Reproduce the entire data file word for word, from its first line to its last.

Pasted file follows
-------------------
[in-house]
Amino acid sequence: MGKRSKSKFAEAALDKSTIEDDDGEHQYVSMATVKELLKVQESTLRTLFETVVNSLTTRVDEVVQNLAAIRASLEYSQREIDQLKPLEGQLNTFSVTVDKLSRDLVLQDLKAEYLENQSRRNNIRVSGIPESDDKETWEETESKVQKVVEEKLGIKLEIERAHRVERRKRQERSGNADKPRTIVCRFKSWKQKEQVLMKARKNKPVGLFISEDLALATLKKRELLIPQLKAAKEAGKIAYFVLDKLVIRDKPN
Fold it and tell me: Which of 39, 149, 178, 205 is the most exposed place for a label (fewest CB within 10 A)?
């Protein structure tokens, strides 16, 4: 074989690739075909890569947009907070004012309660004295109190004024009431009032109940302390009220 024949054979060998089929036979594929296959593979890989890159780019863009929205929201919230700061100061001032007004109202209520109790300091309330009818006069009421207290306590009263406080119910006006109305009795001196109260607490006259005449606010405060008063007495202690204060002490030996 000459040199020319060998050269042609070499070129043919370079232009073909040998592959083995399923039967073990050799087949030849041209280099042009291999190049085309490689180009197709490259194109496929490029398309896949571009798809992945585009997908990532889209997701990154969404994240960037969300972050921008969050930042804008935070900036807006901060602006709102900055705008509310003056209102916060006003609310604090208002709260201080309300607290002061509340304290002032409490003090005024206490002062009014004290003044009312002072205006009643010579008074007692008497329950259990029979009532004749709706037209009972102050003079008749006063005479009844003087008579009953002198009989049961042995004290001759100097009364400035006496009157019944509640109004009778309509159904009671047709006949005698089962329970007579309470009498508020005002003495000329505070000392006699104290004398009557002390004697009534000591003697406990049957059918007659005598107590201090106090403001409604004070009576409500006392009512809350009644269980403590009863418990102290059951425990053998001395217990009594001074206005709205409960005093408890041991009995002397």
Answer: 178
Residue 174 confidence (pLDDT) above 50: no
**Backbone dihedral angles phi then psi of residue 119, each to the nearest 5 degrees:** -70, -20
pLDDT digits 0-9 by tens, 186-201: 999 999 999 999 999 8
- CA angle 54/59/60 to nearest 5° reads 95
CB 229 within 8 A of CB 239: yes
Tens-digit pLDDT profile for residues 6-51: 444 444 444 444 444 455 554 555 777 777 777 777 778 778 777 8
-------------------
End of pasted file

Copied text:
[in-house]
Amino acid sequence: MGKRSKSKFAEAALDKSTIEDDDGEHQYVSMATVKELLKVQESTLRTLFETVVNSLTTRVDEVVQNLAAIRASLEYSQREIDQLKPLEGQLNTFSVTVDKLSRDLVLQDLKAEYLENQSRRNNIRVSGIPESDDKETWEETESKVQKVVEEKLGIKLEIERAHRVERRKRQERSGNADKPRTIVCRFKSWKQKEQVLMKARKNKPVGLFISEDLALATLKKRELLIPQLKAAKEAGKIAYFVLDKLVIRDKPN
Fold it and tell me: Which of 39, 149, 178, 205 is the most exposed place for a label (fewest CB within 10 A)?
């Protein structure tokens, strides 16, 4: 074989690739075909890569947009907070004012309660004295109190004024009431009032109940302390009220 024949054979060998089929036979594929296959593979890989890159780019863009929205929201919230700061100061001032007004109202209520109790300091309330009818006069009421207290306590009263406080119910006006109305009795001196109260607490006259005449606010405060008063007495202690204060002490030996 000459040199020319060998050269042609070499070129043919370079232009073909040998592959083995399923039967073990050799087949030849041209280099042009291999190049085309490689180009197709490259194109496929490029398309896949571009798809992945585009997908990532889209997701990154969404994240960037969300972050921008969050930042804008935070900036807006901060602006709102900055705008509310003056209102916060006003609310604090208002709260201080309300607290002061509340304290002032409490003090005024206490002062009014004290003044009312002072205006009643010579008074007692008497329950259990029979009532004749709706037209009972102050003079008749006063005479009844003087008579009953002198009989049961042995004290001759100097009364400035006496009157019944509640109004009778309509159904009671047709006949005698089962329970007579309470009498508020005002003495000329505070000392006699104290004398009557002390004697009534000591003697406990049957059918007659005598107590201090106090403001409604004070009576409500006392009512809350009644269980403590009863418990102290059951425990053998001395217990009594001074206005709205409960005093408890041991009995002397």
Answer: 178
Residue 174 confidence (pLDDT) above 50: no
**Backbone dihedral angles phi then psi of residue 119, each to the nearest 5 degrees:** -70, -20
pLDDT digits 0-9 by tens, 186-201: 999 999 999 999 999 8
- CA angle 54/59/60 to nearest 5° reads 95
CB 229 within 8 A of CB 239: yes
Tens-digit pLDDT profile for residues 6-51: 444 444 444 444 444 455 554 555 777 777 777 777 778 778 777 8